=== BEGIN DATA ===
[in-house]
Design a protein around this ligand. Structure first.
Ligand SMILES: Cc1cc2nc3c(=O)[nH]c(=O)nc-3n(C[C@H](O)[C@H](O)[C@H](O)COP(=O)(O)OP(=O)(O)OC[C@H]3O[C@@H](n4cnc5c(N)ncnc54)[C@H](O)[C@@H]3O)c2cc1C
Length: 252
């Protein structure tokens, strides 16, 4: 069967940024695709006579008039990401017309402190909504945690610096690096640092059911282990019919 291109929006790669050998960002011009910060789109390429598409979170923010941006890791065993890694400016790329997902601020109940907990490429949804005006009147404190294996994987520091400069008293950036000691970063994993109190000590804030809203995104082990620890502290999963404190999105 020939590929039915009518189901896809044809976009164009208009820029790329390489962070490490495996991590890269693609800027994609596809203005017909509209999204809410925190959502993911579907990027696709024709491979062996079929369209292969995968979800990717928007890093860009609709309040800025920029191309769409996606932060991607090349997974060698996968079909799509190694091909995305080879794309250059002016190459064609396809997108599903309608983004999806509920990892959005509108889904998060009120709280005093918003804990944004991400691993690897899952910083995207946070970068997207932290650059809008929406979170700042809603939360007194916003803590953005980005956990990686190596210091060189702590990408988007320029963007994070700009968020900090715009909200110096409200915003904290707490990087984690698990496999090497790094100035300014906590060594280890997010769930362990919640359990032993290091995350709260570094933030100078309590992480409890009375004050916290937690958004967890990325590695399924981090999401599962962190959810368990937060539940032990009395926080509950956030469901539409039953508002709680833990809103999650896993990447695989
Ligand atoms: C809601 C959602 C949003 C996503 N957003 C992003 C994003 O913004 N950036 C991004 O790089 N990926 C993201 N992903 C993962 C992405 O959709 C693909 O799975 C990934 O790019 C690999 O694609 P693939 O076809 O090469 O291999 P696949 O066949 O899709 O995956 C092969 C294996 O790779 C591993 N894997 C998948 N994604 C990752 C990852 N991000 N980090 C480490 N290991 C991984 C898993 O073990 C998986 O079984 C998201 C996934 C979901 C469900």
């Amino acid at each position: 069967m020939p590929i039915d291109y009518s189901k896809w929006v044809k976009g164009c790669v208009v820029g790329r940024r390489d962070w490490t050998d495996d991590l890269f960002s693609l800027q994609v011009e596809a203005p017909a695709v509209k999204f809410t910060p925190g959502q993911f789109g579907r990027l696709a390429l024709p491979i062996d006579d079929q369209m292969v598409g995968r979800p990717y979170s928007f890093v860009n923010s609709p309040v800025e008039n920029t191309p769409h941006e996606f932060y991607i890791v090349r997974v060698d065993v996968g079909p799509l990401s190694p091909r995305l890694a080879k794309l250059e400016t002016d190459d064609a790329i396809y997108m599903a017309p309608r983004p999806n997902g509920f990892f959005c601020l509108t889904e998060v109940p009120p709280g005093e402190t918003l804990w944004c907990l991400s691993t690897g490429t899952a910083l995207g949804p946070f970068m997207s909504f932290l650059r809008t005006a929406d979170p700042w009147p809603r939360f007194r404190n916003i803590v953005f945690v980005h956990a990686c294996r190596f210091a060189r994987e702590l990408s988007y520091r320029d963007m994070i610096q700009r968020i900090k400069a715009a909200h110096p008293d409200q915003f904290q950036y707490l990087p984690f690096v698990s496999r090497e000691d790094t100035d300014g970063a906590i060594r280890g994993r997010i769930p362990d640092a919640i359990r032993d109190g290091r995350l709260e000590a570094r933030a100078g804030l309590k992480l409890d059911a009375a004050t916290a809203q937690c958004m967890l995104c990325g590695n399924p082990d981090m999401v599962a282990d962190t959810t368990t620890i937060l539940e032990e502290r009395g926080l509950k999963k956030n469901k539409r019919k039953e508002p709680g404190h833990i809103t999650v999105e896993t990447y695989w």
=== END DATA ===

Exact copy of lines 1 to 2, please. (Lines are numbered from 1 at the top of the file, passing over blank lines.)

[in-house]
Design a protein around this ligand. Structure first.